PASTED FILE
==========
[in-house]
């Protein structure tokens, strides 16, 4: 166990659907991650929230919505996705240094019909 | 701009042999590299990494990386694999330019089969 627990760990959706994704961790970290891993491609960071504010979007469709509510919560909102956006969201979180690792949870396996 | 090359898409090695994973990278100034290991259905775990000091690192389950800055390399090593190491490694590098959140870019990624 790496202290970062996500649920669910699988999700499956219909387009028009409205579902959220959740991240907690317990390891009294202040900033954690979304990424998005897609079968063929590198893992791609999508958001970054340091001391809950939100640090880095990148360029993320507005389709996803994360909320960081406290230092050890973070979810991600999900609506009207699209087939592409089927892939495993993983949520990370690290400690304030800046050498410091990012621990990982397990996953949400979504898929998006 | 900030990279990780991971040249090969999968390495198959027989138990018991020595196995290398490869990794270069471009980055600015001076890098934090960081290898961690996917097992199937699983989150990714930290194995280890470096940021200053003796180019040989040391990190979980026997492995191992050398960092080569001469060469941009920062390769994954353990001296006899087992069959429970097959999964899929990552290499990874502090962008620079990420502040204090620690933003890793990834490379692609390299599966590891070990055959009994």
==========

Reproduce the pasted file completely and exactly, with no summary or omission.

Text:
[in-house]
């Protein structure tokens, strides 16, 4: 166990659907991650929230919505996705240094019909 | 701009042999590299990494990386694999330019089969 627990760990959706994704961790970290891993491609960071504010979007469709509510919560909102956006969201979180690792949870396996 | 090359898409090695994973990278100034290991259905775990000091690192389950800055390399090593190491490694590098959140870019990624 790496202290970062996500649920669910699988999700499956219909387009028009409205579902959220959740991240907690317990390891009294202040900033954690979304990424998005897609079968063929590198893992791609999508958001970054340091001391809950939100640090880095990148360029993320507005389709996803994360909320960081406290230092050890973070979810991600999900609506009207699209087939592409089927892939495993993983949520990370690290400690304030800046050498410091990012621990990982397990996953949400979504898929998006 | 900030990279990780991971040249090969999968390495198959027989138990018991020595196995290398490869990794270069471009980055600015001076890098934090960081290898961690996917097992199937699983989150990714930290194995280890470096940021200053003796180019040989040391990190979980026997492995191992050398960092080569001469060469941009920062390769994954353990001296006899087992069959429970097959999964899929990552290499990874502090962008620079990420502040204090620690933003890793990834490379692609390299599966590891070990055959009994």